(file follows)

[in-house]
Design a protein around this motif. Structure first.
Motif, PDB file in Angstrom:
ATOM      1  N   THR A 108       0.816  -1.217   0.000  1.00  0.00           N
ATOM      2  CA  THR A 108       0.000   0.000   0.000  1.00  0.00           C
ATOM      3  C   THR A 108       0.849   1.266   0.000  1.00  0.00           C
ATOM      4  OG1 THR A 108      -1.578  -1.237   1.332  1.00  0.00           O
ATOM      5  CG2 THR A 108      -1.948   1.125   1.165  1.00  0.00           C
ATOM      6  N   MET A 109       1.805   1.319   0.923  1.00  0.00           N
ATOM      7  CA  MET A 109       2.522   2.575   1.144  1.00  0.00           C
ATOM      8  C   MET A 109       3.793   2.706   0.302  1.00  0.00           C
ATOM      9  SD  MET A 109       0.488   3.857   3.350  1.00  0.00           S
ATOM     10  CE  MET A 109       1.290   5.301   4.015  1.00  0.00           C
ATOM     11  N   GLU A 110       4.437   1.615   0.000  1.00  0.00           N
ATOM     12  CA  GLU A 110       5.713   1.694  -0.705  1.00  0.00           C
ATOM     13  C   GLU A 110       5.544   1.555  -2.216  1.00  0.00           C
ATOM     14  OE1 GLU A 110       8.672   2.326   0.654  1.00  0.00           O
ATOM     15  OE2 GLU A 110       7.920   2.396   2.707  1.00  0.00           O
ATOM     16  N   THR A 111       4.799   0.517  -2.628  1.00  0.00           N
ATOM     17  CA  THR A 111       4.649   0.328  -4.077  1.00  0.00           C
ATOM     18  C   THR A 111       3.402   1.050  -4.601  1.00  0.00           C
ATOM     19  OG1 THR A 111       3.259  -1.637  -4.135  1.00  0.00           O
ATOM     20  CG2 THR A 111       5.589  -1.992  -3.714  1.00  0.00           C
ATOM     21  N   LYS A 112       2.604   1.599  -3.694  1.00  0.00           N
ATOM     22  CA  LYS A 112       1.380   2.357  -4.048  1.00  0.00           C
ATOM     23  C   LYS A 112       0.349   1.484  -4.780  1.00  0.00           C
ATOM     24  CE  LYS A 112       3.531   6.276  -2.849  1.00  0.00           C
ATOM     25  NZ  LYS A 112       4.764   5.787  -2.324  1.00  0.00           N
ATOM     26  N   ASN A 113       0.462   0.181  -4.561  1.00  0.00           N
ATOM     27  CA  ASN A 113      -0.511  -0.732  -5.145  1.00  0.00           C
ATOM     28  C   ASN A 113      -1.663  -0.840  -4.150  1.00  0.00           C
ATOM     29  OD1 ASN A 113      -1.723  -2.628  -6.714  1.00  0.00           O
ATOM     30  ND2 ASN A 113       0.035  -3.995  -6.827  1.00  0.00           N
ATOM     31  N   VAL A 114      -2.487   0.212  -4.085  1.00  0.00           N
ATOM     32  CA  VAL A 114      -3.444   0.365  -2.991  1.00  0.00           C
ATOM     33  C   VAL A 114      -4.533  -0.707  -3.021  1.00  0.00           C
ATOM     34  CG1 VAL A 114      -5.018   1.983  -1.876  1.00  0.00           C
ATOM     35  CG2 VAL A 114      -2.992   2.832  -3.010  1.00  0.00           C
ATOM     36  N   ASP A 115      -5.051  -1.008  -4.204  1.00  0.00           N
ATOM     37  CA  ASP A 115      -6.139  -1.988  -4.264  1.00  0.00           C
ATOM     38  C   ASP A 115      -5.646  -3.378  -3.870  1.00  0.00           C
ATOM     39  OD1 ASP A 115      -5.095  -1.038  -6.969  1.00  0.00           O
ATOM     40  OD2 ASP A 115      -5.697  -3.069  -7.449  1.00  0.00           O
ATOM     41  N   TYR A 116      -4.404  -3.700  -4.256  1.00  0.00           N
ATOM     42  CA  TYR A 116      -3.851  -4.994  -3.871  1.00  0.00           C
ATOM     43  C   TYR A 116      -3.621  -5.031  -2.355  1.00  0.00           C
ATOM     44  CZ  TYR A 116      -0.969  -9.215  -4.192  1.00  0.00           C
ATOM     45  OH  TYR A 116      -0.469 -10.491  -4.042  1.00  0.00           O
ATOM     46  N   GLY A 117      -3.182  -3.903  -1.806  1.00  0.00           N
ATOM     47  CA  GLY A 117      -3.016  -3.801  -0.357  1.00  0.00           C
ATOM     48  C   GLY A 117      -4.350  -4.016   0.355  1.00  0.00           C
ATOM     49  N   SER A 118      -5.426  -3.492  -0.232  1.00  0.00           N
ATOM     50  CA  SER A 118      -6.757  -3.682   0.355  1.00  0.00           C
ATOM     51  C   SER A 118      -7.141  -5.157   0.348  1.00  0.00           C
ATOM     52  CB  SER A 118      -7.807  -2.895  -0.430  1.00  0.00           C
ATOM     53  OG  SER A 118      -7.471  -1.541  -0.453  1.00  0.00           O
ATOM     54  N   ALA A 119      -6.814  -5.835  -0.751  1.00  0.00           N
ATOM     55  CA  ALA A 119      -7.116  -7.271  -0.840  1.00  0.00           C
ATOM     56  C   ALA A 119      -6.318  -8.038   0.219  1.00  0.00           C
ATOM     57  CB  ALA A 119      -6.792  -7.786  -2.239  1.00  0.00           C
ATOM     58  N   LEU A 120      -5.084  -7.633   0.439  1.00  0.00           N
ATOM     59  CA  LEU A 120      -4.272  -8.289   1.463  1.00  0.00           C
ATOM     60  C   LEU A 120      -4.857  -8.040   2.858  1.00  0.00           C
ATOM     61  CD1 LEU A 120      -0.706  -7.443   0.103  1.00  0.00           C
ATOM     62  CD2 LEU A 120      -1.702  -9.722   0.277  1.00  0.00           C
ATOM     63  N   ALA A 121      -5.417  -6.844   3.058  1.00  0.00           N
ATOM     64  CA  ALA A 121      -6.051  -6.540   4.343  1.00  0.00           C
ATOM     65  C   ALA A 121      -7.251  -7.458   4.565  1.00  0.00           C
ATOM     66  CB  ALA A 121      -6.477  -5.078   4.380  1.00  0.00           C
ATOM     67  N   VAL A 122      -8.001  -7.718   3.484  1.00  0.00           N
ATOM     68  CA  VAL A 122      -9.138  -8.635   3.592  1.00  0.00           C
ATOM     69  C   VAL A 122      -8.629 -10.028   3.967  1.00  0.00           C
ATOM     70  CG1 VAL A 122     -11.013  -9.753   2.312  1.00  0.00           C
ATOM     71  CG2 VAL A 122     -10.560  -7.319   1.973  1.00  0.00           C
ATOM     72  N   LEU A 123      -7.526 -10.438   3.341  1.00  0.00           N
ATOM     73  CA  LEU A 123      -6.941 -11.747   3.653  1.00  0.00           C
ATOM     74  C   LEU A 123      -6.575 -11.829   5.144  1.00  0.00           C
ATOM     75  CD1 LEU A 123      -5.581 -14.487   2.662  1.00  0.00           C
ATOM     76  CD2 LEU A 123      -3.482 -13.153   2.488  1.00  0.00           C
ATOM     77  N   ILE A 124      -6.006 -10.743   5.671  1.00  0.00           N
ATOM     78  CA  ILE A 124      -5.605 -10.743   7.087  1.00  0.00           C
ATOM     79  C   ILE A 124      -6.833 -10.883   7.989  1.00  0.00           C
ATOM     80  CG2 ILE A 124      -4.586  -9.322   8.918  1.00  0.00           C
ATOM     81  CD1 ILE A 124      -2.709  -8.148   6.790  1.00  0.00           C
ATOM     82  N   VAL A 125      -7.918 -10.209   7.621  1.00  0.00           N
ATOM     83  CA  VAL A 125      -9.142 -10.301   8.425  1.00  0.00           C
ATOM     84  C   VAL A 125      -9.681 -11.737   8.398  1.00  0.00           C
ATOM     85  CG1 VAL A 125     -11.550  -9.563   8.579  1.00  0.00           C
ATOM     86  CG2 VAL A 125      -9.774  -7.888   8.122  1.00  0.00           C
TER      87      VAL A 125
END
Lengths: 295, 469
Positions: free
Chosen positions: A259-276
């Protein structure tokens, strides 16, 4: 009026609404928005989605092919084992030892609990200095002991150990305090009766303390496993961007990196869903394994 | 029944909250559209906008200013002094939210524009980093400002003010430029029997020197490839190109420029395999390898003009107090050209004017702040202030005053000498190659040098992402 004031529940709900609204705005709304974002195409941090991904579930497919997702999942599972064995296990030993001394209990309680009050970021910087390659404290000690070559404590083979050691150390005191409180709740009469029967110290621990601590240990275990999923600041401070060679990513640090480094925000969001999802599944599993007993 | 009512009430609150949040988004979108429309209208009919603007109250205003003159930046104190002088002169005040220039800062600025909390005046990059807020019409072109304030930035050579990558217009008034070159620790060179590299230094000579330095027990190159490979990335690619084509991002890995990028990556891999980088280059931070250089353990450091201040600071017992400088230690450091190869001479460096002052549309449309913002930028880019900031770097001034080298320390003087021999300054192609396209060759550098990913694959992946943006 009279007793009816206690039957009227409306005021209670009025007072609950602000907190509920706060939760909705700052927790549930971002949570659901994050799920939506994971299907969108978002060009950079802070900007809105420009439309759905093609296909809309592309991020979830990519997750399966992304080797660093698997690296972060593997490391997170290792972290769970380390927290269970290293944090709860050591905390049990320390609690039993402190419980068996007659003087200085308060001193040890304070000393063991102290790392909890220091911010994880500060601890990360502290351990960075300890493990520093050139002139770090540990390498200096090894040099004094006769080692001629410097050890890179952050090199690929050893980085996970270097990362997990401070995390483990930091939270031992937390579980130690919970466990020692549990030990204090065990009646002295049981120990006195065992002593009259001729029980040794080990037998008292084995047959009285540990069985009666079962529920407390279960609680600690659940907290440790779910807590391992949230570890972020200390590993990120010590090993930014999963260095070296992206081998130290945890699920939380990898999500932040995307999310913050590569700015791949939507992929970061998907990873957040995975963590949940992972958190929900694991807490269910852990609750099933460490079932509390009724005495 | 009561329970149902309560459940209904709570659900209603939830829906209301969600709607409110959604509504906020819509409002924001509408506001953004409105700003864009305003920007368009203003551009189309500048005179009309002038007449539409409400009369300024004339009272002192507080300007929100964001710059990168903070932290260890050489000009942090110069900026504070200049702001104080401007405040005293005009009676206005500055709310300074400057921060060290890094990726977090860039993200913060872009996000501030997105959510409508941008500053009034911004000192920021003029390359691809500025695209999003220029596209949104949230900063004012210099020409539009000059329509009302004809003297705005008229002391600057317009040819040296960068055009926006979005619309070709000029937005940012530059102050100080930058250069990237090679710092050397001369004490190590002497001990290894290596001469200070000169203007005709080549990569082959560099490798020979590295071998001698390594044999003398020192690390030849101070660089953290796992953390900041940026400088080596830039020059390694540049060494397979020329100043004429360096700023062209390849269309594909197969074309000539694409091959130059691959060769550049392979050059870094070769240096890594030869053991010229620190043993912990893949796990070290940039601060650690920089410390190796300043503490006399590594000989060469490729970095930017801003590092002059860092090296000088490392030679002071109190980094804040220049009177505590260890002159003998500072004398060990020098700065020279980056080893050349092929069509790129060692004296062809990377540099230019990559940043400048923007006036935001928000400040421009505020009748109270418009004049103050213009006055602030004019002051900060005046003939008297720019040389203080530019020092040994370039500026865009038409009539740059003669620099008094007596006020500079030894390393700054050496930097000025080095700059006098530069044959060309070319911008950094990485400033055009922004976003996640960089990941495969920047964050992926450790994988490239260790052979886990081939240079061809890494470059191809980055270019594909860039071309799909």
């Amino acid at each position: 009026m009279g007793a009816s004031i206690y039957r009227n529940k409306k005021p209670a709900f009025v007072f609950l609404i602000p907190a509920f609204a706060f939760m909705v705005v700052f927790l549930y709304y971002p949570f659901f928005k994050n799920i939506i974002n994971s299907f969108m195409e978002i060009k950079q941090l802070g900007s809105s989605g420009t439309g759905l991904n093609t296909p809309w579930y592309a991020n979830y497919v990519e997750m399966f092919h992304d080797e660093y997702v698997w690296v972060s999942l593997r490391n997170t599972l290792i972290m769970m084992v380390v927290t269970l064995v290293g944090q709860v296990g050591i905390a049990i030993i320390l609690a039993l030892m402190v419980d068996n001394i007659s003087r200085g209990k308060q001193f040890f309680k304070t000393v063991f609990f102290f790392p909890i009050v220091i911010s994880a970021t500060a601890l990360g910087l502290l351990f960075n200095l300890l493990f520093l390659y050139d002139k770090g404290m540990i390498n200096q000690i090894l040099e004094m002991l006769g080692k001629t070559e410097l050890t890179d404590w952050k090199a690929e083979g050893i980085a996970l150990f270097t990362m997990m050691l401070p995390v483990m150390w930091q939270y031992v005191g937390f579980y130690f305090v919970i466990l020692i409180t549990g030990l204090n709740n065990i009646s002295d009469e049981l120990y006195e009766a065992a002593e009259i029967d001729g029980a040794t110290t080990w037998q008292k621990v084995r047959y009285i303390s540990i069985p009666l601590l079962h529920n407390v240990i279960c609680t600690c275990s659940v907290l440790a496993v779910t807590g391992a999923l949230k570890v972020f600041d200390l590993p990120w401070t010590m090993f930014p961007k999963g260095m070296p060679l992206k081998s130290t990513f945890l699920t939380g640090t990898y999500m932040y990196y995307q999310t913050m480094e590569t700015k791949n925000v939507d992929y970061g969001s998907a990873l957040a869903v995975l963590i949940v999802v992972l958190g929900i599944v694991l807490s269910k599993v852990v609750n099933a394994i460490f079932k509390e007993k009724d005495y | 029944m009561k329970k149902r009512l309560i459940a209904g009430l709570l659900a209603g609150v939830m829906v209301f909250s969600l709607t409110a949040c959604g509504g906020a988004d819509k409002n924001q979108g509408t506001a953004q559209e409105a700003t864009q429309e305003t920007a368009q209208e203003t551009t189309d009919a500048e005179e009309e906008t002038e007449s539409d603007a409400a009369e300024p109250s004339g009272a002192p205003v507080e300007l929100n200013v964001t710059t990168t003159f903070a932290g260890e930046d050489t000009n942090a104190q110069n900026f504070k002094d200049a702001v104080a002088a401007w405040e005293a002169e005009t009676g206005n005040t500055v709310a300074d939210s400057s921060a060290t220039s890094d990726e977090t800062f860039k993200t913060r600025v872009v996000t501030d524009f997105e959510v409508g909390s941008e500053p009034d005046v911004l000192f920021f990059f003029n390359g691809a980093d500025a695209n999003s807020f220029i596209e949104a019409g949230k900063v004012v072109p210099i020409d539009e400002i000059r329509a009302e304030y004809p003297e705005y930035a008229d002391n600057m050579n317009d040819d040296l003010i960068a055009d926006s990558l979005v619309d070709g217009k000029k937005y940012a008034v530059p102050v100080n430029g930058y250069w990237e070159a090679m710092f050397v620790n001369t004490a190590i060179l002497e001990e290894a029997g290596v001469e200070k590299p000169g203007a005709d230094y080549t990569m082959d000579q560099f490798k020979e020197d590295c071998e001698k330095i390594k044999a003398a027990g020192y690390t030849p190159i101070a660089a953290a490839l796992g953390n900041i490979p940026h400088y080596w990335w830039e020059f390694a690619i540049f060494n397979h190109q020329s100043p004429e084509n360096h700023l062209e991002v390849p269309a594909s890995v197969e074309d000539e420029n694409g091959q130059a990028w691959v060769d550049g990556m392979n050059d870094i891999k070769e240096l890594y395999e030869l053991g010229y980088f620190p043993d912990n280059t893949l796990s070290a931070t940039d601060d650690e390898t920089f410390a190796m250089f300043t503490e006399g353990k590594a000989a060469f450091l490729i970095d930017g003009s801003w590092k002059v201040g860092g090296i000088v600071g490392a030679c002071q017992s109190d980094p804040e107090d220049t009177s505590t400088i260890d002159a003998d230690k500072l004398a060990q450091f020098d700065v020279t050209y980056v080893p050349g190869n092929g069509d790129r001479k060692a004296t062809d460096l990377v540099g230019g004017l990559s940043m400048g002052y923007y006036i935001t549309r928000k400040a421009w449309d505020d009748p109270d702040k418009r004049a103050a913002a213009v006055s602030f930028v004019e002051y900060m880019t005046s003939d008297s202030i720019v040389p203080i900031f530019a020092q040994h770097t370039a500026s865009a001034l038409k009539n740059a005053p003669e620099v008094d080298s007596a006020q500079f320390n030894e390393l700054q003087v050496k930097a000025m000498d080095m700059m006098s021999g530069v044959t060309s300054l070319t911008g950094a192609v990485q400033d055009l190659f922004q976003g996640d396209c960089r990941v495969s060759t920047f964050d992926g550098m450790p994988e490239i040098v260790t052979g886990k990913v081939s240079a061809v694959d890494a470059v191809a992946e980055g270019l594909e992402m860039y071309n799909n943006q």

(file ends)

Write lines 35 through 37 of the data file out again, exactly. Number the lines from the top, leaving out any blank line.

ATOM     32  CA  VAL A 114      -3.444   0.365  -2.991  1.00  0.00           C
ATOM     33  C   VAL A 114      -4.533  -0.707  -3.021  1.00  0.00           C
ATOM     34  CG1 VAL A 114      -5.018   1.983  -1.876  1.00  0.00           C